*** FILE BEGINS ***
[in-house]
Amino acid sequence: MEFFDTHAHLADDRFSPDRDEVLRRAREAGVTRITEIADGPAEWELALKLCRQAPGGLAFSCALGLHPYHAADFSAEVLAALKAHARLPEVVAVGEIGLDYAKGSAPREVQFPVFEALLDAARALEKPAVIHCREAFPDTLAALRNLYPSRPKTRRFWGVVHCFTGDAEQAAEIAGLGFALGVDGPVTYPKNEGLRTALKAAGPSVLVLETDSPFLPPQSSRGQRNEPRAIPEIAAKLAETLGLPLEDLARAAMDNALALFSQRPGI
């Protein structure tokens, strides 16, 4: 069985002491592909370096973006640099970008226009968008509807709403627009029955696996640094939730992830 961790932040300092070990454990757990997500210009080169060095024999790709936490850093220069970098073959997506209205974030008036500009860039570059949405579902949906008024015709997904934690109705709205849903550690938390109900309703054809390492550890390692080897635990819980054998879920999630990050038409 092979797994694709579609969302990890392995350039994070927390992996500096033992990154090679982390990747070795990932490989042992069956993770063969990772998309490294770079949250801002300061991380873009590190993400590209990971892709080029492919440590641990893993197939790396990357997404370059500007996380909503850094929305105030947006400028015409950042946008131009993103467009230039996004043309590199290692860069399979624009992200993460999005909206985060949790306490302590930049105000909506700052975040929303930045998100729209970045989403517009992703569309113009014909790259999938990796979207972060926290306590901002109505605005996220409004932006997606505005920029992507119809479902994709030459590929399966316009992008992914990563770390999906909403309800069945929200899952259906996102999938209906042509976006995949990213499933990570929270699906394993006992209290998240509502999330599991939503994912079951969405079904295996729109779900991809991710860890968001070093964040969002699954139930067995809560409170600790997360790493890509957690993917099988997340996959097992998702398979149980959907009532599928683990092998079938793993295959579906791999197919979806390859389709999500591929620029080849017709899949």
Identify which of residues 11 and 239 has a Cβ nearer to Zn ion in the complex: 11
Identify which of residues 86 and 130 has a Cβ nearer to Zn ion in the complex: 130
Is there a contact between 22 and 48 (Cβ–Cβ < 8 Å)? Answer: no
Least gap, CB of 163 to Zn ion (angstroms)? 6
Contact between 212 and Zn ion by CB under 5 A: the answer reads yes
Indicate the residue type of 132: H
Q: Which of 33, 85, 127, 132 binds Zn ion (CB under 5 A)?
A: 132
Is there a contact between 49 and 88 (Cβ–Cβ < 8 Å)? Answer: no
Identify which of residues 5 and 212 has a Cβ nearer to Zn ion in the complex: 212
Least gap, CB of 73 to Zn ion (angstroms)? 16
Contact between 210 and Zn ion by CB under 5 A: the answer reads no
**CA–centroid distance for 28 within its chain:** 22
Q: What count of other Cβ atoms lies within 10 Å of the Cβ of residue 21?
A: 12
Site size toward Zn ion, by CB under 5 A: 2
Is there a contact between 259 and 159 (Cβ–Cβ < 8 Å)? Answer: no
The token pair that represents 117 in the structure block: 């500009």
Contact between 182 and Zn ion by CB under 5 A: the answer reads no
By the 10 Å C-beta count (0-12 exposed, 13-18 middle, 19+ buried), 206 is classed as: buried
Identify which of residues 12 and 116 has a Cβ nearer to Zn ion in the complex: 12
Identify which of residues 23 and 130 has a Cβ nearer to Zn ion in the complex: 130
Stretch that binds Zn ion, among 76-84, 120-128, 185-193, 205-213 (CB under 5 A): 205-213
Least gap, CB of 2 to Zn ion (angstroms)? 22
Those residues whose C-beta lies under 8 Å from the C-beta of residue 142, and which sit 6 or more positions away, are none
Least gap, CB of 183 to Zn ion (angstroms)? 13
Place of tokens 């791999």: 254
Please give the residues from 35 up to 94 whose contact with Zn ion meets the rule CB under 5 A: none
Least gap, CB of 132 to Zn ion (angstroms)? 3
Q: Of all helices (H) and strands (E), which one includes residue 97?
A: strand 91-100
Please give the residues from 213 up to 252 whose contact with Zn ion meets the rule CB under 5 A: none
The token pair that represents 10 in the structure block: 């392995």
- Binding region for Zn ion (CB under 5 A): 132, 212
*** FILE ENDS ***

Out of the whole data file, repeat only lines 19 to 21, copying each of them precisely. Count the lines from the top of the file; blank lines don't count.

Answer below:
Site size toward Zn ion, by CB under 5 A: 2
Is there a contact between 259 and 159 (Cβ–Cβ < 8 Å)? Answer: no
The token pair that represents 117 in the structure block: 């500009």